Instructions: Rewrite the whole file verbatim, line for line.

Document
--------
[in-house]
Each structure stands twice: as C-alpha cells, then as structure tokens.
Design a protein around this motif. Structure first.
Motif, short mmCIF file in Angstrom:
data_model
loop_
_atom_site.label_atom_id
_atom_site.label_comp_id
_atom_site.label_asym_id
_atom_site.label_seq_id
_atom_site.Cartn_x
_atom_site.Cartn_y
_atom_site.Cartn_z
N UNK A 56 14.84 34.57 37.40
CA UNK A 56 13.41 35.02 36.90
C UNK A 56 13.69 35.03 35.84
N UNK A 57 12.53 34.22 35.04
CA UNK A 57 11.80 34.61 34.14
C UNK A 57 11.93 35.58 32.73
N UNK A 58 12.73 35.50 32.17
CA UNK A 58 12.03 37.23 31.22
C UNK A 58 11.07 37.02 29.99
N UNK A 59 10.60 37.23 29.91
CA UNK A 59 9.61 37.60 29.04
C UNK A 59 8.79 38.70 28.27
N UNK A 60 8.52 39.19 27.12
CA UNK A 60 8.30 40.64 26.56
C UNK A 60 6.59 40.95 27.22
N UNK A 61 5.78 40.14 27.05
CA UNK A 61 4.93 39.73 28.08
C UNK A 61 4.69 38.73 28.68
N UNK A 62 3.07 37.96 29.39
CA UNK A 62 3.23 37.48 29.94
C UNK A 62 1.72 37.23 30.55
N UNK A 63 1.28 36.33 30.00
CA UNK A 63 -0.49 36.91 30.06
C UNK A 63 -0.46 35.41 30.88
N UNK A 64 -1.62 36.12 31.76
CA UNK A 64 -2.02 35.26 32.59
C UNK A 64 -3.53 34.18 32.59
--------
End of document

[in-house]
Each structure stands twice: as C-alpha cells, then as structure tokens.
Design a protein around this motif. Structure first.
Motif, short mmCIF file in Angstrom:
data_model
loop_
_atom_site.label_atom_id
_atom_site.label_comp_id
_atom_site.label_asym_id
_atom_site.label_seq_id
_atom_site.Cartn_x
_atom_site.Cartn_y
_atom_site.Cartn_z
N UNK A 56 14.84 34.57 37.40
CA UNK A 56 13.41 35.02 36.90
C UNK A 56 13.69 35.03 35.84
N UNK A 57 12.53 34.22 35.04
CA UNK A 57 11.80 34.61 34.14
C UNK A 57 11.93 35.58 32.73
N UNK A 58 12.73 35.50 32.17
CA UNK A 58 12.03 37.23 31.22
C UNK A 58 11.07 37.02 29.99
N UNK A 59 10.60 37.23 29.91
CA UNK A 59 9.61 37.60 29.04
C UNK A 59 8.79 38.70 28.27
N UNK A 60 8.52 39.19 27.12
CA UNK A 60 8.30 40.64 26.56
C UNK A 60 6.59 40.95 27.22
N UNK A 61 5.78 40.14 27.05
CA UNK A 61 4.93 39.73 28.08
C UNK A 61 4.69 38.73 28.68
N UNK A 62 3.07 37.96 29.39
CA UNK A 62 3.23 37.48 29.94
C UNK A 62 1.72 37.23 30.55
N UNK A 63 1.28 36.33 30.00
CA UNK A 63 -0.49 36.91 30.06
C UNK A 63 -0.46 35.41 30.88
N UNK A 64 -1.62 36.12 31.76
CA UNK A 64 -2.02 35.26 32.59
C UNK A 64 -3.53 34.18 32.59